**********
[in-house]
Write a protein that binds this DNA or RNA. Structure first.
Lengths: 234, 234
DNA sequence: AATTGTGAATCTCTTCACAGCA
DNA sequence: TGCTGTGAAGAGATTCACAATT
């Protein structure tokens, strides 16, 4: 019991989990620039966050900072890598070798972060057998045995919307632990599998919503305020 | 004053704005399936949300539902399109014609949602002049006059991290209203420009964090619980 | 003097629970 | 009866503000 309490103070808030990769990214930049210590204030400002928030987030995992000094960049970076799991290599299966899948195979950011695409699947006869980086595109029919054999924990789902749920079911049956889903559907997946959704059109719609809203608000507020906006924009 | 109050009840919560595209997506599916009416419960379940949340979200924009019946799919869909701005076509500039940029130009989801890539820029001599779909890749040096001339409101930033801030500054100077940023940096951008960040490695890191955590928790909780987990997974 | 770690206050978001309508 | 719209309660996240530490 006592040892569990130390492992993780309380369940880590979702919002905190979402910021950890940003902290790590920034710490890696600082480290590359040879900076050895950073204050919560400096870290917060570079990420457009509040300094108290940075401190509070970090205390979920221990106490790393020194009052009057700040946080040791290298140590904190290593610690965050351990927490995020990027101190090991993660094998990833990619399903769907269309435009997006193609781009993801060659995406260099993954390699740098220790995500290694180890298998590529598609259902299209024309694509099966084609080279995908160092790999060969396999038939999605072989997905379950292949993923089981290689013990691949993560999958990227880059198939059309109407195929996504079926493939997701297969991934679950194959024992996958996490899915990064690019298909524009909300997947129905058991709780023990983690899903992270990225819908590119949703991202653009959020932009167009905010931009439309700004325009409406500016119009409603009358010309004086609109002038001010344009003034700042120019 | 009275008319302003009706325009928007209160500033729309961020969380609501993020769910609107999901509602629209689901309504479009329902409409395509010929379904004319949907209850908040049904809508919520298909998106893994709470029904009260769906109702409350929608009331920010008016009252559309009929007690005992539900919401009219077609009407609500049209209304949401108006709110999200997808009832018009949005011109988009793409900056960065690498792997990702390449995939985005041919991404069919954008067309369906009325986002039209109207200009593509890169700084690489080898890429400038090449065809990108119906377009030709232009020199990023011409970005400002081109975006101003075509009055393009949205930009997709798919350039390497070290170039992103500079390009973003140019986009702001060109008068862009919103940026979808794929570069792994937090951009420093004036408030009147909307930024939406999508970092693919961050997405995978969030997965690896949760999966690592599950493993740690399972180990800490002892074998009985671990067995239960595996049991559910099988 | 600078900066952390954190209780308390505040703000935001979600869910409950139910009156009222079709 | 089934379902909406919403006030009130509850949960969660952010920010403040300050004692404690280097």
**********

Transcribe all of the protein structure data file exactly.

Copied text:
[in-house]
Write a protein that binds this DNA or RNA. Structure first.
Lengths: 234, 234
DNA sequence: AATTGTGAATCTCTTCACAGCA
DNA sequence: TGCTGTGAAGAGATTCACAATT
């Protein structure tokens, strides 16, 4: 019991989990620039966050900072890598070798972060057998045995919307632990599998919503305020 | 004053704005399936949300539902399109014609949602002049006059991290209203420009964090619980 | 003097629970 | 009866503000 309490103070808030990769990214930049210590204030400002928030987030995992000094960049970076799991290599299966899948195979950011695409699947006869980086595109029919054999924990789902749920079911049956889903559907997946959704059109719609809203608000507020906006924009 | 109050009840919560595209997506599916009416419960379940949340979200924009019946799919869909701005076509500039940029130009989801890539820029001599779909890749040096001339409101930033801030500054100077940023940096951008960040490695890191955590928790909780987990997974 | 770690206050978001309508 | 719209309660996240530490 006592040892569990130390492992993780309380369940880590979702919002905190979402910021950890940003902290790590920034710490890696600082480290590359040879900076050895950073204050919560400096870290917060570079990420457009509040300094108290940075401190509070970090205390979920221990106490790393020194009052009057700040946080040791290298140590904190290593610690965050351990927490995020990027101190090991993660094998990833990619399903769907269309435009997006193609781009993801060659995406260099993954390699740098220790995500290694180890298998590529598609259902299209024309694509099966084609080279995908160092790999060969396999038939999605072989997905379950292949993923089981290689013990691949993560999958990227880059198939059309109407195929996504079926493939997701297969991934679950194959024992996958996490899915990064690019298909524009909300997947129905058991709780023990983690899903992270990225819908590119949703991202653009959020932009167009905010931009439309700004325009409406500016119009409603009358010309004086609109002038001010344009003034700042120019 | 009275008319302003009706325009928007209160500033729309961020969380609501993020769910609107999901509602629209689901309504479009329902409409395509010929379904004319949907209850908040049904809508919520298909998106893994709470029904009260769906109702409350929608009331920010008016009252559309009929007690005992539900919401009219077609009407609500049209209304949401108006709110999200997808009832018009949005011109988009793409900056960065690498792997990702390449995939985005041919991404069919954008067309369906009325986002039209109207200009593509890169700084690489080898890429400038090449065809990108119906377009030709232009020199990023011409970005400002081109975006101003075509009055393009949205930009997709798919350039390497070290170039992103500079390009973003140019986009702001060109008068862009919103940026979808794929570069792994937090951009420093004036408030009147909307930024939406999508970092693919961050997405995978969030997965690896949760999966690592599950493993740690399972180990800490002892074998009985671990067995239960595996049991559910099988 | 600078900066952390954190209780308390505040703000935001979600869910409950139910009156009222079709 | 089934379902909406919403006030009130509850949960969660952010920010403040300050004692404690280097």